USAID's Competitiveness, Trade, and Jobs Activity

Speeches Shim

USAID’s Competitiveness, Trade and Jobs activity facilitates trade and employment in horticulture, tourism, transport, and logistics across the five Central Asian economies. By incentivizing firms to become more regionally competitive and by addressing cross-border impediments to trade, USAID helps to develop a more diverse and competitive private sector and generate export-driven growth.


USAID is partnering with key private and public sector actors in each of the five Central Asian countries to enhance competitiveness in the horticulture, tourism, and transport and logistics sectors – thereby increasing exports and employment. This work is being conducted through:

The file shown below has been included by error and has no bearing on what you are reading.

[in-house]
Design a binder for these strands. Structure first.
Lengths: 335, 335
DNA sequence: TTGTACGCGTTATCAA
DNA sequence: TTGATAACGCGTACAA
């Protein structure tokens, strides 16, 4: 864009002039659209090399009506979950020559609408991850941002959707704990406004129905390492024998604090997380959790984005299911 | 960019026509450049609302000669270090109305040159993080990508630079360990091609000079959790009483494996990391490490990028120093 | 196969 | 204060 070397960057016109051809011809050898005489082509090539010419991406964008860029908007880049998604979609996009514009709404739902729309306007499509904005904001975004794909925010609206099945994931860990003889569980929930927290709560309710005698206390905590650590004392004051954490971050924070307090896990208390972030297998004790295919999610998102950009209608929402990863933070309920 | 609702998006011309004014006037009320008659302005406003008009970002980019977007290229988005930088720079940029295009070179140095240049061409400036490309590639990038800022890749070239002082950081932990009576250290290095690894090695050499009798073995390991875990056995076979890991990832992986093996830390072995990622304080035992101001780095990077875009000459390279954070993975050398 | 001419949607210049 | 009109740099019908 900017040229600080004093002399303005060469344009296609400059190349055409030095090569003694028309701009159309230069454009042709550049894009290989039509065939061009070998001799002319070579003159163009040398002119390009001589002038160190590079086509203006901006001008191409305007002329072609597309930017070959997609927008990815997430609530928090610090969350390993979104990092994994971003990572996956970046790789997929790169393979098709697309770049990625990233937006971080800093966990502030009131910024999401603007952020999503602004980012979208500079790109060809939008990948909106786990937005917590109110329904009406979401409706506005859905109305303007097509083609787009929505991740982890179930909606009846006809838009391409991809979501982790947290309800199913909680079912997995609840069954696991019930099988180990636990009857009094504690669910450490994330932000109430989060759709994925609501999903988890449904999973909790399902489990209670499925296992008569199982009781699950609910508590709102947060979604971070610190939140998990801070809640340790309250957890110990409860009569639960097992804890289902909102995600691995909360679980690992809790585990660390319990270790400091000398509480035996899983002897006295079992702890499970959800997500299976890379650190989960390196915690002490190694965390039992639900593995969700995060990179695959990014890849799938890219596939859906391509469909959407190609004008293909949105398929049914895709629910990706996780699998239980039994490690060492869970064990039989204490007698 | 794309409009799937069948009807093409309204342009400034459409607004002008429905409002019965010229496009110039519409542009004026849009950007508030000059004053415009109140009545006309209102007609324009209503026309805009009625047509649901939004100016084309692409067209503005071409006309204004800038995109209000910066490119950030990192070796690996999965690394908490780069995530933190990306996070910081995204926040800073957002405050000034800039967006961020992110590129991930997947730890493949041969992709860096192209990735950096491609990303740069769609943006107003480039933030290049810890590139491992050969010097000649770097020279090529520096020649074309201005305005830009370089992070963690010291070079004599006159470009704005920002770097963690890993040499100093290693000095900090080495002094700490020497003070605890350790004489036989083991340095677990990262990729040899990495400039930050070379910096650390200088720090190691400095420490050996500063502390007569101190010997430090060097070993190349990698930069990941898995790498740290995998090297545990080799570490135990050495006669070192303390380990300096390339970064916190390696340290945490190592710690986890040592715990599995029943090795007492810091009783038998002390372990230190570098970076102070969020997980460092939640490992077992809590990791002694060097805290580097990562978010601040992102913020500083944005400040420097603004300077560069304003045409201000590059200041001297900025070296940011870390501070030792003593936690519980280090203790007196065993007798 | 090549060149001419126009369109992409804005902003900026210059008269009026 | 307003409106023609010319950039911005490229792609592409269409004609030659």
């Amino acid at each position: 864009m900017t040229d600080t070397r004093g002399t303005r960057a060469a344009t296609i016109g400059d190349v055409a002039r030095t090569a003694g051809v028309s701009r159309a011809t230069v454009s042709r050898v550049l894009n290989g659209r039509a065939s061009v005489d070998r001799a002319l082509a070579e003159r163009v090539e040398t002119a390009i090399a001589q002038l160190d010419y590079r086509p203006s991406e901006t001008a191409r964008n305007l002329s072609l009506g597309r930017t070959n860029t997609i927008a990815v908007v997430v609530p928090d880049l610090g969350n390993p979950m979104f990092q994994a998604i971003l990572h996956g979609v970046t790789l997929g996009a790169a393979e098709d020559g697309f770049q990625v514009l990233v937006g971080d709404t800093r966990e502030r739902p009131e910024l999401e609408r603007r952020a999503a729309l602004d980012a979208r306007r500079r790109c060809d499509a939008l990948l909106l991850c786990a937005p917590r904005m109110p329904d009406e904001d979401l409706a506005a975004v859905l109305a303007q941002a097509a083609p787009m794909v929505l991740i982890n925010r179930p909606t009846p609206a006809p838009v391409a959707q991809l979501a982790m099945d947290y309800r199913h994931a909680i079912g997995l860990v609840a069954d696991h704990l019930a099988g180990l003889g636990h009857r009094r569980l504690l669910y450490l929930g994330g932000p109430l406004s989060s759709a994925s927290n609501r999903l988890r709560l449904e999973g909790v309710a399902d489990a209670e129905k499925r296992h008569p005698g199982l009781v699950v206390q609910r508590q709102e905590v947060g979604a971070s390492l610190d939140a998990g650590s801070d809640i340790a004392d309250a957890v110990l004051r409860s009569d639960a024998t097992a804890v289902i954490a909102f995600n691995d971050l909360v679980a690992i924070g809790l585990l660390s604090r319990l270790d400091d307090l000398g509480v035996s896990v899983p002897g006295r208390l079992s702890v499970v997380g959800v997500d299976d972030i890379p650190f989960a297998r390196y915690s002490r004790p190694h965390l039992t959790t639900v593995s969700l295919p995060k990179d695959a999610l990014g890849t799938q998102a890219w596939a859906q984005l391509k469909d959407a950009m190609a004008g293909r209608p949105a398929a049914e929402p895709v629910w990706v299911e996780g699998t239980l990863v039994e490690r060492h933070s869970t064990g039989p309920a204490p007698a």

USAID identifies interventions needed to increase competitiveness, exports, and employment in target sectors. It supports trade-related government agencies with both policy and institutional reform as well as cost-sharing trade facilitation initiatives with private firms. USAID has selected 35 innovative ideas from among concepts submitted by 150 companies and contributed one-fourth (USAID’s contribution is about $1.9 million) of the total cost of almost $8 million to realize these ideas. Winning ideas ranged from the first charter flights between Tashkent and Lake Issyk Kul, to establishing a pilot cooperative of small farmers in Tajikistan, to trial the production and export of a new variety of watermelon to Lithuania. The charter company will fully fund the flights in 2021 while consumers enjoyed the watermelons so much that the farmers are expanding production from 12 to 50 hectares.